The Tennessee Supreme Court recently upheld a lower court’s decision to enforce a contract between a husband and wife to execute wills providing for all of their children and to refrain from changing their wills after the death of the first spouse.
Roy Brown, Jr. and Ina Brown both had children from previous marriages. Roy and Ina agreed that they would like to include all of their children in their wills and therefore executed a contract stating that they would both execute wills to that effect. The contract also provided that they would not change their wills after the death of the first spouse. Shortly after executing the contract, Roy and Ina executed new last wills to comply with its terms.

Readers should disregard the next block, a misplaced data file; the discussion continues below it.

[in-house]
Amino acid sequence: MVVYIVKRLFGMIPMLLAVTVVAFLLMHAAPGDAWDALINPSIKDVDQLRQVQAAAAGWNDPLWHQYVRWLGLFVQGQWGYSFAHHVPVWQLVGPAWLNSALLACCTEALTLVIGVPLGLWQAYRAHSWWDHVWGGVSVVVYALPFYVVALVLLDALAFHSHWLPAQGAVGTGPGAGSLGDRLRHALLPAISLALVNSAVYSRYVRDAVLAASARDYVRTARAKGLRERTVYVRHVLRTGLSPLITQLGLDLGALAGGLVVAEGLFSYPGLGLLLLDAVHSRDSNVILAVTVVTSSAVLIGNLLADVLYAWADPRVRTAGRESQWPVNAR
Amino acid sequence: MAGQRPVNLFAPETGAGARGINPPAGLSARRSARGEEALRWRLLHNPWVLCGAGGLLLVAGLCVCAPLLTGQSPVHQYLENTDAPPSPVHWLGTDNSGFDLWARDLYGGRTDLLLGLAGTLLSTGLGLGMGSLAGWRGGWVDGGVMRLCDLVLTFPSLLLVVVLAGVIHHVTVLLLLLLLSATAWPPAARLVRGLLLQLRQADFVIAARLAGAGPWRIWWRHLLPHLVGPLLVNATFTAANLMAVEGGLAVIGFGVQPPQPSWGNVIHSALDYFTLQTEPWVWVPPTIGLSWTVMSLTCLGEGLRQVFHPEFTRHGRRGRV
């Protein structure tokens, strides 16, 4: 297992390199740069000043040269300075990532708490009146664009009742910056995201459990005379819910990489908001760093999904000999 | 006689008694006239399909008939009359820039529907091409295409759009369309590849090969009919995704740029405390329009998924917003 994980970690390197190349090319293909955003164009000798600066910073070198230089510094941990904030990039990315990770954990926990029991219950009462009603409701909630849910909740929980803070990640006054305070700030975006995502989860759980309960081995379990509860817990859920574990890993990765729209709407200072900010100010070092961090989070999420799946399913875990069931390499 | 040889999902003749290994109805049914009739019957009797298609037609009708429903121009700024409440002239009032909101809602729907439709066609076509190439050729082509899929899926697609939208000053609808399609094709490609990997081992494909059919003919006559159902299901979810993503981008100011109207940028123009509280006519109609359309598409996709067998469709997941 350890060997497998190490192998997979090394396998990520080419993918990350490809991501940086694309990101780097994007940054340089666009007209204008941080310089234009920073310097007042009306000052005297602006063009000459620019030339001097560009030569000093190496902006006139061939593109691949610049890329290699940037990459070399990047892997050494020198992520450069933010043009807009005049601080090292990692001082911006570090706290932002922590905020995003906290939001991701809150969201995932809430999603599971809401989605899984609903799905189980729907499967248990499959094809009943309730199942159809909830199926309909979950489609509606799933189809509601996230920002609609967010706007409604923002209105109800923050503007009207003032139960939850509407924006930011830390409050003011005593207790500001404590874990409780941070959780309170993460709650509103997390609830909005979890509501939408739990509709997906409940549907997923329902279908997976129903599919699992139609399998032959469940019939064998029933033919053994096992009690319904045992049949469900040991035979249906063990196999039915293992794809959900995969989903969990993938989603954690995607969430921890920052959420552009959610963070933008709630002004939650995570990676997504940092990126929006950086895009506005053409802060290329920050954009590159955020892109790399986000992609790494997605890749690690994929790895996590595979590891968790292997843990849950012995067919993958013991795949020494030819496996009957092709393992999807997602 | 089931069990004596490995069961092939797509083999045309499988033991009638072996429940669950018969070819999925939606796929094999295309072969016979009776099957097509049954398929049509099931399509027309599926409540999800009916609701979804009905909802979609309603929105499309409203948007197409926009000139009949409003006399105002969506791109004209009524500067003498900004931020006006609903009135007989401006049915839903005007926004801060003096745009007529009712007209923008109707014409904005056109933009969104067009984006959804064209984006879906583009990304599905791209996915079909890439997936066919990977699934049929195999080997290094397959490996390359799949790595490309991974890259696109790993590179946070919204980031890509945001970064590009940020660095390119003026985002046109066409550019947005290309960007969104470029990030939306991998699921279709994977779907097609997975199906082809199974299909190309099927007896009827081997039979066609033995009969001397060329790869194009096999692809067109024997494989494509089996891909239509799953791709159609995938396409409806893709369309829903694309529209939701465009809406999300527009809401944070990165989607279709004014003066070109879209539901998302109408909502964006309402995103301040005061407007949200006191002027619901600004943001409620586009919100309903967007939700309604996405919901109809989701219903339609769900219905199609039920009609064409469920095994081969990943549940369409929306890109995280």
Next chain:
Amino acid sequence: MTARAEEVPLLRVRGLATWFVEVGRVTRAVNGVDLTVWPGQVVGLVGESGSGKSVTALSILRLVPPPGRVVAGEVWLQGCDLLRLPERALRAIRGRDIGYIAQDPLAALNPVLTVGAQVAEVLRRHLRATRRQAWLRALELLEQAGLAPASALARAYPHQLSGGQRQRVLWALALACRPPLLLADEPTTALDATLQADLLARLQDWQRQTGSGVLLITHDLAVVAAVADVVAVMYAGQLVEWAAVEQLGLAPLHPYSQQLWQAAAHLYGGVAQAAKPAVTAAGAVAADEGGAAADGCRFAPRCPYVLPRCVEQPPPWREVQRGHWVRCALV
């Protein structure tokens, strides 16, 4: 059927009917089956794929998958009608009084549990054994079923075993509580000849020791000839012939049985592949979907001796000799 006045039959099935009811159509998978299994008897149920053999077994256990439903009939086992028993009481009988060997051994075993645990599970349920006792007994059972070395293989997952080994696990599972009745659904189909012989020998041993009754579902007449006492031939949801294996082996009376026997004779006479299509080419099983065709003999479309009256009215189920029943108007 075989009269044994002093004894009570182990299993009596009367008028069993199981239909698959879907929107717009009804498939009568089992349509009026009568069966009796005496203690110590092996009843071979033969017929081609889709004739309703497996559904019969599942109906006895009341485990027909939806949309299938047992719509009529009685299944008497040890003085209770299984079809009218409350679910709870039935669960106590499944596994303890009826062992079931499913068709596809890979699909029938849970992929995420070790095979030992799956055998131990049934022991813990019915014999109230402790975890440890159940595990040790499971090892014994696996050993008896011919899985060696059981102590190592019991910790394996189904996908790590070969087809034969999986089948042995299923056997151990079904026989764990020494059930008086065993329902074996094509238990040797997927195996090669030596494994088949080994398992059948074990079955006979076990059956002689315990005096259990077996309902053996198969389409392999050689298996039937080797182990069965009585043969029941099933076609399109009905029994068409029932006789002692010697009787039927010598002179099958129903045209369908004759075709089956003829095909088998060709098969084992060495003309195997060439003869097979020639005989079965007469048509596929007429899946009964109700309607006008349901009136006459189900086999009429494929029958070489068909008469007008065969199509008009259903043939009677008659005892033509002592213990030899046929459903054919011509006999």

After Roy’s death, Ina executed a new last will that differed from her previous will. After Ina’s later death, Roy’s children argued that Ina’s will violated her contract with Roy and, as such, should be null and void. The trial court ruled that Ina’s will was invalid and that the will that she signed prior to her husband’s death should control. Both the Court of Appeals and the Tennessee Supreme Court upheld the trial court’s decision by ruling that the contract to execute mutual wills was enforceable and, as such, Ina's later will was invalid on account of violating her agreement with Roy.